As the world grapples with multiple climate crises including floods, droughts and heatwaves, Energy Ministers of G20 countries gathered in Goa, India on Saturday, July 22, 2023, for Energy Transitions Ministers meeting. However, the ministers were unable to decide on any outcome or plans to phase out fossil fuels equitably at a time when setting ambitious phase out strategies observers beleive should be a top priority for countries.
There was reportedly no Communiqué at the end of the meeting and, instead, ministers agreed to a outcome document that seemed to highlight the need to continue using fossil fuels and pushing for vague solutions instead of “real climate action“.
The document, it was gathered, emphasised how “fossil fuels currently continue to play a significant role in the global energy mix, eradication of energy poverty”, while some governments highlighted “the importance of making efforts towards phase down of unabated fossil fuels, in line with different national circumstances.” Others had different views, “that abatement and removal technologies will address such concerns.”
The science is clear that fossil fuels are not the way forward when they have been responsible for 86% of CO2 emissions in the last decade. Evidence shows that continued use of fossil fuels is a major driver of climate change, leading to severe and irreversible consequences for ecosystems, communities, and the global economy.
Any international climate agreement, according to experts, must reflect the latest science by acknowledging the need to phase out all fossil fuels, constrain fossil fuel production and not rely on “watered down“ language to develop more coal, oil and gas projects. They insist that anything less can lead to the worst of climate breakdown.
Harjeet Singh, Global Engagement Director of the Fossil Fuel Non-Proliferation Treaty initiative, said: “It is deeply disappointing that the G20 ministers couldn’t agree on phasing out fossil fuels when we are in the midst of a global climate breakdown. Instead the weak outcome continued to push for unproven, dangerous technologies. No new fossil fuel production is consistent with climate goals. Richer countries must make immediate and deep cuts in the production of all fossil fuels and support others in achieving a rapid, fair and just phaseout of existing production.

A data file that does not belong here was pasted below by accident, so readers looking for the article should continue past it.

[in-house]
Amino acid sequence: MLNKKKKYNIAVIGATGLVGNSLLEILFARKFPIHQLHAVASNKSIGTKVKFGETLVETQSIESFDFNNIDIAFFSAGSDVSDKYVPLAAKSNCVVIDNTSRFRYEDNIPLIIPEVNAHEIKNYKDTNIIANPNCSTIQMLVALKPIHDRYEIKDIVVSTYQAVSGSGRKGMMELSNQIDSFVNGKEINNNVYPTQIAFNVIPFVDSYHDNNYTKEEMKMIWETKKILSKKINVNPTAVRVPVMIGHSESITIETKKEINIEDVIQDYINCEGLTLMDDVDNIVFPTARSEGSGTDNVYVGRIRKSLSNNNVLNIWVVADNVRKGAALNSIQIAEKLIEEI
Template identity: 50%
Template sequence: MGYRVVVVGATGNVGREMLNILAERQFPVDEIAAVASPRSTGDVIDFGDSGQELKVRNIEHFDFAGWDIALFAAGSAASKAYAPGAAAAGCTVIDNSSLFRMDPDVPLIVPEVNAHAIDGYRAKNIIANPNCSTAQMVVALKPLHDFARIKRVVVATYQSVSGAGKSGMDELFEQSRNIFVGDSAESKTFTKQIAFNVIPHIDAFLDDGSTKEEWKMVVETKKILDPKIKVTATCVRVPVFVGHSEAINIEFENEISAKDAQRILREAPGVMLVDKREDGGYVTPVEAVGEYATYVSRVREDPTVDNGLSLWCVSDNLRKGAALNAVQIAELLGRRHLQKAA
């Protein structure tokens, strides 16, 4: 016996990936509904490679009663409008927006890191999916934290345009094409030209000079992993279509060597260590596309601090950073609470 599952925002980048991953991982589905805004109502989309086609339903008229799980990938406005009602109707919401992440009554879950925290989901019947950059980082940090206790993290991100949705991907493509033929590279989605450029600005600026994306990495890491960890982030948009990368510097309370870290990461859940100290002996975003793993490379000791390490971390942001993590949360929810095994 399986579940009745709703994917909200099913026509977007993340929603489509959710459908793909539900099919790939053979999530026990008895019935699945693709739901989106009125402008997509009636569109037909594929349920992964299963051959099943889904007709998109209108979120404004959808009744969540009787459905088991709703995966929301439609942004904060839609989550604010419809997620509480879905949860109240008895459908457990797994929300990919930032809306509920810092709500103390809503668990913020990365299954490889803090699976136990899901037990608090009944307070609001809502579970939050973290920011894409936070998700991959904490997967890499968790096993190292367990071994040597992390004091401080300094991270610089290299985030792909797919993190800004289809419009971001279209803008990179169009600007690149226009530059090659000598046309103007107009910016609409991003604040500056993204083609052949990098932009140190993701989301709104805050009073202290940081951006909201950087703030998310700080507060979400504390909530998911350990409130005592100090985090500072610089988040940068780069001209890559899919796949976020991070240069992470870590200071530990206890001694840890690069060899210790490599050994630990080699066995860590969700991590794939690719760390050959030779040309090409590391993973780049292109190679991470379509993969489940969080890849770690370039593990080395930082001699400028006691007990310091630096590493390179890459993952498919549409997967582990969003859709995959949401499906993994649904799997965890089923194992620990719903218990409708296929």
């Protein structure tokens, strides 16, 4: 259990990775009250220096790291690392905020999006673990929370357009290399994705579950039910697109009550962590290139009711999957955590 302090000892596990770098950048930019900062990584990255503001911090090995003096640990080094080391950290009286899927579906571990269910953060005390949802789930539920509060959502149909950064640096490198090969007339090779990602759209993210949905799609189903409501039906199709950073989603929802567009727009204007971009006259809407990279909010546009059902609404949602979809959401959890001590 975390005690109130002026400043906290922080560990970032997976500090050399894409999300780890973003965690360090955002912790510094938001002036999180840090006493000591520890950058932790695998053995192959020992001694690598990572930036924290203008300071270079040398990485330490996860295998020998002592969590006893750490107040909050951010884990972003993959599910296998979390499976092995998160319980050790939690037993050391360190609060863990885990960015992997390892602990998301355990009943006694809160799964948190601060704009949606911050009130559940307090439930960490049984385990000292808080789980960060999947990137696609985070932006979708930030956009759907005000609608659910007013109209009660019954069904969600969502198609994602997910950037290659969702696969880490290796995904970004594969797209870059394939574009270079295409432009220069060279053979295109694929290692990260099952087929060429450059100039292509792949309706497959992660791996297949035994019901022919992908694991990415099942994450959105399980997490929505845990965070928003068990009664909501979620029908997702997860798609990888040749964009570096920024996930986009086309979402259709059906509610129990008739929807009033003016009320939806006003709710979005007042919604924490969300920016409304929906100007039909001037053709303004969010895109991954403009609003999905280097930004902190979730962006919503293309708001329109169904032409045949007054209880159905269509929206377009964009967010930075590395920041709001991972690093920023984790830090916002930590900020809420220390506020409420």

“By setting ambitious targets, countries can inspire others to take decisive action, foster international cooperation. We need a bold new course correction. The Fossil Fuel Non-Proliferation Treaty can be the missing mechanism that will guide us through the pathway to limit the expansion of fossil fuel infrastructure, phase out existing production, and support a global, just and equitable transition away from deadly coal, oil and gas.”
Nakul Sharma, Programme Coordinator, Climate Action Network South Asia, said: “G20 countries, responsible for 80% of global greenhouse gas emissions, failed to reach an agreement on timelines for the phaseout of fossil fuels and their ambition for tripling renewable energy by 2030. It is high time they demonstrate their intention to address climate change. They cannot ignore the findings of the IPCC, the recommendations of the IEA, and adopt an ostrich-like attitude towards the ongoing climate disasters unfolding in almost all the G20 countries.
“The outcome document not only lacks ambition, it is a masterpiece in ambiguity as it fails to set any real targets for emissions reduction or timelines for the uptake of clean energy. The Indian G20 presidency must reject the outcome of the Goa Ministerial meeting and redouble its efforts to bring together all G20 countries to commit to meaningful climate action before the summit in September.”